Poll: Many Teens Don't Know July 4 History


#1

Poll: Many Teens Don’t Know July 4 History

abcnews.go.com/US/story?id=92955&page=1

That’s according to a new study, which finds a sizable percentage of high school-age Americans don’t really know what all the fuss is about today. More than a fifth of the survey respondents didn’t know which country we declared our independence from, including 14 percent who thought it was France, not Britain.

The survey reported that 15 percent of U.S. teens didn’t know the Declaration of Independence was adopted on July 4, 1776. Nine percent thought we ratified the Constitution that day. (That didn’t happen for another 13 years.)

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A significant percentage of teens weren’t sure who was doing the declaring, either — 17 percent didn’t know there were 13 original colonies.

“When you look at these numbers, it means that more than 5 million U.S. teenagers don’t understand the true meaning of Independence Day,” said Colin Campbell, head of the Colonial Williamsburg Foundation, which sponsored the study. The survey polled 1,020 people between the ages of 12 and 17. It has a margin of error of 3 percent.

It found other gaps in their knowledge, as well: 19 percent couldn’t name the third branch of government, after the executive and judicial.

More than a quarter of those surveyed didn’t know the two sides fighting in the Civil War — 13 percent said the conflict was between the United States and Great Britain, and 5 percent said it was between East and West.


#2

Not surprising, they no longer teach about the Revolution in American schools. I bet if you asked them about “Stonewall” you’d get a much better response.


#3

I learned about the Revolution growing up and I was of the high school graduates of this year. :slight_smile:
I actually had to look up what “Stonewall” was. :blush:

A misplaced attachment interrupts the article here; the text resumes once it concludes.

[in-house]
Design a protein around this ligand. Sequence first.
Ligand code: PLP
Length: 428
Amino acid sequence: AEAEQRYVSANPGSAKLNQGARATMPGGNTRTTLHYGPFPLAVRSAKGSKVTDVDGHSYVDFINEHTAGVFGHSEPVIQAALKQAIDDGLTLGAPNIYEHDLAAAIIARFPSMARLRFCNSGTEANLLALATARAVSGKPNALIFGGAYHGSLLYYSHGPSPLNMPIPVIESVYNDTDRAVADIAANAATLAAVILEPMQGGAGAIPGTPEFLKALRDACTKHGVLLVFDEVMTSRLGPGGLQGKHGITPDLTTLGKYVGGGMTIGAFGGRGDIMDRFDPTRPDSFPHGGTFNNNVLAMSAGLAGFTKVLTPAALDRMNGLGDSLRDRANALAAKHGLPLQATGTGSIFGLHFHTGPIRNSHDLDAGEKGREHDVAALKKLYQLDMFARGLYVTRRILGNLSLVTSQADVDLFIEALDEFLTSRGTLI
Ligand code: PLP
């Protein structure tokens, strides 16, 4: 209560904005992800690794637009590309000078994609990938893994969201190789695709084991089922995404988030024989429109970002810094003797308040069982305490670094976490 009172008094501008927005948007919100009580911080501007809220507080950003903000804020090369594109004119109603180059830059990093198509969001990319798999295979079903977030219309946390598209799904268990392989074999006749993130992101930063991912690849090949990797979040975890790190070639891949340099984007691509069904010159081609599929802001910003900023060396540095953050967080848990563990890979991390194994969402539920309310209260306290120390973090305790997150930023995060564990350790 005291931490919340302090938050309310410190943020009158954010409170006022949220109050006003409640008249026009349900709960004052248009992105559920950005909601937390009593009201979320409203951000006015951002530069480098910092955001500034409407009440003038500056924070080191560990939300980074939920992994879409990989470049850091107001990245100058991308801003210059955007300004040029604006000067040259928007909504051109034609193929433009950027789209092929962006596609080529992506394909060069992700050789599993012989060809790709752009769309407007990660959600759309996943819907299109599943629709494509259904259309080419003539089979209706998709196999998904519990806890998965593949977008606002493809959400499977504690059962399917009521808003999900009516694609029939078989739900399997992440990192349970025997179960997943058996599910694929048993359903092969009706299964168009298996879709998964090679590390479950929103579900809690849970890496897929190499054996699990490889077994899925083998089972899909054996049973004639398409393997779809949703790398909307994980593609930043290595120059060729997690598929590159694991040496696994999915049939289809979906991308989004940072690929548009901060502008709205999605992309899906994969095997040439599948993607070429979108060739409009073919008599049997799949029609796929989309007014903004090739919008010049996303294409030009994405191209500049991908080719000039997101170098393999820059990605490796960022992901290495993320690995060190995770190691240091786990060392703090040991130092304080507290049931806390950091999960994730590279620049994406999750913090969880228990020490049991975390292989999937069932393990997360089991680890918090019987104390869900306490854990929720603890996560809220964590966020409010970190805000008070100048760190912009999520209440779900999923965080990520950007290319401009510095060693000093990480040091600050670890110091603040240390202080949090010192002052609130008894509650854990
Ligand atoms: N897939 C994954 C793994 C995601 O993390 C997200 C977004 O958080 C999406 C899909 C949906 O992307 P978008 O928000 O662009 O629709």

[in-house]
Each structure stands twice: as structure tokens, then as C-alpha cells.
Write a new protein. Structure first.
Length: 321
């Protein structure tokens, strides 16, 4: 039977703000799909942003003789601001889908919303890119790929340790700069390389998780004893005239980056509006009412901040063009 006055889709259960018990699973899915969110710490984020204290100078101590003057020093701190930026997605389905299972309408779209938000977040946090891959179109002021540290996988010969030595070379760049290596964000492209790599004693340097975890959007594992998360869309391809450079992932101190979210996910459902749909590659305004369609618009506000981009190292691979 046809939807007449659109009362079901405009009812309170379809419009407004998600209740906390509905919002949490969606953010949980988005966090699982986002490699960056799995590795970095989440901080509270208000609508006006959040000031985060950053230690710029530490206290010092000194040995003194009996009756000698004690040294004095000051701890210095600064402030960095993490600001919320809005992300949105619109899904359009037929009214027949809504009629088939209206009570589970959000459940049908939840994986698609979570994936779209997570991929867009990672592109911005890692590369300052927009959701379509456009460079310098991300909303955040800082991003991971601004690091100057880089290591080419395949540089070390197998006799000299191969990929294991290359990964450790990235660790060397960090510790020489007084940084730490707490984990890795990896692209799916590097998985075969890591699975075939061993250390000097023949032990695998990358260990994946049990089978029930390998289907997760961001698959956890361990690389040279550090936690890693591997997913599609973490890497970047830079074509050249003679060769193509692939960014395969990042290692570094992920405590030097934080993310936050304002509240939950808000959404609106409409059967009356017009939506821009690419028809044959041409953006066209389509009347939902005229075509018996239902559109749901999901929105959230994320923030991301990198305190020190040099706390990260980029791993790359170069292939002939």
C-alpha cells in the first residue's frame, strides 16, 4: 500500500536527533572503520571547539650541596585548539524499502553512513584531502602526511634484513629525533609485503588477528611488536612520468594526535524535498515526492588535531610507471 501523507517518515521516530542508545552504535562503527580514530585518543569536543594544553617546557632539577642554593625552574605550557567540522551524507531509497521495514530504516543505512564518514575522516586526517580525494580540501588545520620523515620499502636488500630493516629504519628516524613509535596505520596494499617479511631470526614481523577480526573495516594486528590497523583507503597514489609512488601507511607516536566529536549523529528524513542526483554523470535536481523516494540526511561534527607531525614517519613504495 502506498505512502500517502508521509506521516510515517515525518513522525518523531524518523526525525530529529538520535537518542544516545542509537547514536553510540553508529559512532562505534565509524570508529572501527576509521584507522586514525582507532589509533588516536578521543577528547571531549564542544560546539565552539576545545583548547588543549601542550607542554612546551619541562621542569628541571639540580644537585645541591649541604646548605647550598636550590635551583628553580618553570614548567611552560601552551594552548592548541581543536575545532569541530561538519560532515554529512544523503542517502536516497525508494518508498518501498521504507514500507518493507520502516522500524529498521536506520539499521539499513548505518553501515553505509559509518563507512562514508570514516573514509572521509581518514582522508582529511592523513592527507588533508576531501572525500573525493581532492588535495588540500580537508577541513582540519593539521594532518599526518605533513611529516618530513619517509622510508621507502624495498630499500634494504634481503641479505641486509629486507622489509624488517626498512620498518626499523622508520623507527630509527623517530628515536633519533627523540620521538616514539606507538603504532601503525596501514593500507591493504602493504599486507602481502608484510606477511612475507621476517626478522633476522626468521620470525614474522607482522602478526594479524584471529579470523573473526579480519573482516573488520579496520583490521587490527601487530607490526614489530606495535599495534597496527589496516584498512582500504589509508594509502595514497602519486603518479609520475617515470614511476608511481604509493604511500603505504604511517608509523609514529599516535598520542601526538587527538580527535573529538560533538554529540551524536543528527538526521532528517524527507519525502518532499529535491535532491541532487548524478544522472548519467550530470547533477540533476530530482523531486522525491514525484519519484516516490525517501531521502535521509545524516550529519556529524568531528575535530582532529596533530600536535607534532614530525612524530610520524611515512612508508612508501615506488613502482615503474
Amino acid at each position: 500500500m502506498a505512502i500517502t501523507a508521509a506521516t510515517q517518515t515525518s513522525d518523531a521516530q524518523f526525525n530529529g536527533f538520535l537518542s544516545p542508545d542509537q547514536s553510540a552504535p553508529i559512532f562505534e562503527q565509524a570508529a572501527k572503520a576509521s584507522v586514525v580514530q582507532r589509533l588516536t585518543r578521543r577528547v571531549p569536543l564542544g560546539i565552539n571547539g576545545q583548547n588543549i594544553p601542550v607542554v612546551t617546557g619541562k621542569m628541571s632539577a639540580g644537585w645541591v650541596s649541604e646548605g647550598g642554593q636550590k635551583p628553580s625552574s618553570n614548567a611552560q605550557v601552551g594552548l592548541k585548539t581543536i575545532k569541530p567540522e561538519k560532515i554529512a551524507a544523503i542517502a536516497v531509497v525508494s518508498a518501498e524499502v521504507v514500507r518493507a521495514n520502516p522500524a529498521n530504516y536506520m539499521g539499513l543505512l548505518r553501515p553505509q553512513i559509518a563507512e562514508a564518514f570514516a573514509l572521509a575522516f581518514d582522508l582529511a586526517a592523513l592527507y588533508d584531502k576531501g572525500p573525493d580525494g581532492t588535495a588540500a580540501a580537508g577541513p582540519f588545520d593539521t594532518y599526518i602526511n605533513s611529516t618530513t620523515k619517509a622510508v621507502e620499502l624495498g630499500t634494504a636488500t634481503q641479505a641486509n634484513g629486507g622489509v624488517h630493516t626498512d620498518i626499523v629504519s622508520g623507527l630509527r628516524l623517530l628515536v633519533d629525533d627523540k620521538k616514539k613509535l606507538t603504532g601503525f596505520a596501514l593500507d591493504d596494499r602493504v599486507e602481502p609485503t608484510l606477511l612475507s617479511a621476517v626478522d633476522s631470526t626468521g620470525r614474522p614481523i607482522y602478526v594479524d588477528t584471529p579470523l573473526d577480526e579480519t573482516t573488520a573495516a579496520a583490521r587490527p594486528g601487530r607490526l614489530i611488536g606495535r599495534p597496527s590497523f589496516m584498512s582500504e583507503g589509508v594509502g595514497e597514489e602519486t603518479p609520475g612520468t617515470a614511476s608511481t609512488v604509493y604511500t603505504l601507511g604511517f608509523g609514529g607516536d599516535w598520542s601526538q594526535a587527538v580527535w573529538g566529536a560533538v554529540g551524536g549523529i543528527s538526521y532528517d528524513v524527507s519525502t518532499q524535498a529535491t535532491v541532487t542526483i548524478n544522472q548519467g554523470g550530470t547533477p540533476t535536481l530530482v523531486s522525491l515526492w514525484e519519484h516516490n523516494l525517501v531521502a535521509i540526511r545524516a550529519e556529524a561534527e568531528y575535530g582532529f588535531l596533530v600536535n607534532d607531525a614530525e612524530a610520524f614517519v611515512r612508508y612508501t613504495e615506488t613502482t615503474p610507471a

#4

Public or parochial school?


#5

Parochial until High School. I had a U.S. History class, then, in 10th grade At the public school and I remember that we even had to memorise things like the Bill of Rights. I homeschooled, though, the past 2.5 years of high school, but I did take an online course through a public school called A.P. U.S. history. :slight_smile:
I have heard things about how some do not know their history as well as they should though. I just wanted to point it out that the Revolution is still taught in places. :slight_smile:
In fact, I remember my U.S. history teacher from the public school giving us a sheet of paper that said, “Why Study History” and it was a very nice article.

Happy 4th of July!! :smiley:


#6

So glad I had an excellent us history teacher, whom devoted nearly one whole semester to the American Revolution. He retired this year, so my niece won’t get a chance to have him as a teacher junior year.

In fact, my summer vacation request after I graduated from high school was going to Boston. This year we returned briefly to Boston, before driving to Maine, and I got to take a trolley history tour of Lexington and Concord.


#7

People’s heads are too cluttered up with race, so-called gay “marriage”, putting teacher’s unions first and other nonsense.